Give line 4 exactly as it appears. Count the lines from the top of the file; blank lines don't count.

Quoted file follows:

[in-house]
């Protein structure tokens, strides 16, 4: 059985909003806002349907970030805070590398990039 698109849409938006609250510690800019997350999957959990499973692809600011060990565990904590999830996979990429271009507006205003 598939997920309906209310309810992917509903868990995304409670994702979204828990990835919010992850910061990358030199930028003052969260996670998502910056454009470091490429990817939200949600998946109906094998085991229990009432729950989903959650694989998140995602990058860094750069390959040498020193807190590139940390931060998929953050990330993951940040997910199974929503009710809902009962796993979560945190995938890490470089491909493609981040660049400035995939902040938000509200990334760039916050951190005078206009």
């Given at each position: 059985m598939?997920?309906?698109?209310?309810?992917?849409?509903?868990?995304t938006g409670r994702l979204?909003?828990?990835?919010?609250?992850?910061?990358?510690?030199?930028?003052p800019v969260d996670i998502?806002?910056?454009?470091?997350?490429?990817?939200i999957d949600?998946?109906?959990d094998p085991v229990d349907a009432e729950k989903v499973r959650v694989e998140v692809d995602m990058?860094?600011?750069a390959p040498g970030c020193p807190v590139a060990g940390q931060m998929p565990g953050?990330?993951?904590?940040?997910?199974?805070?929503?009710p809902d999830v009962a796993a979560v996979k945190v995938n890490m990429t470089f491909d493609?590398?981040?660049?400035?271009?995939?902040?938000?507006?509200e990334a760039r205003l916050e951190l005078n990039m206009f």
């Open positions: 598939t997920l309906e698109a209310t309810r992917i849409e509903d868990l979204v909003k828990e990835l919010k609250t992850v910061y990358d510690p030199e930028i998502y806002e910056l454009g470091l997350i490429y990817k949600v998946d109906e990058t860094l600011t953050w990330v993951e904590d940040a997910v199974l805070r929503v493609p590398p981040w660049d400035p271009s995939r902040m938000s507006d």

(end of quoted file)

């Open positions: 598939t997920l309906e698109a209310t309810r992917i849409e509903d868990l979204v909003k828990e990835l919010k609250t992850v910061y990358d510690p030199e930028i998502y806002e910056l454009g470091l997350i490429y990817k949600v998946d109906e990058t860094l600011t953050w990330v993951e904590d940040a997910v199974l805070r929503v493609p590398p981040w660049d400035p271009s995939r902040m938000s507006d």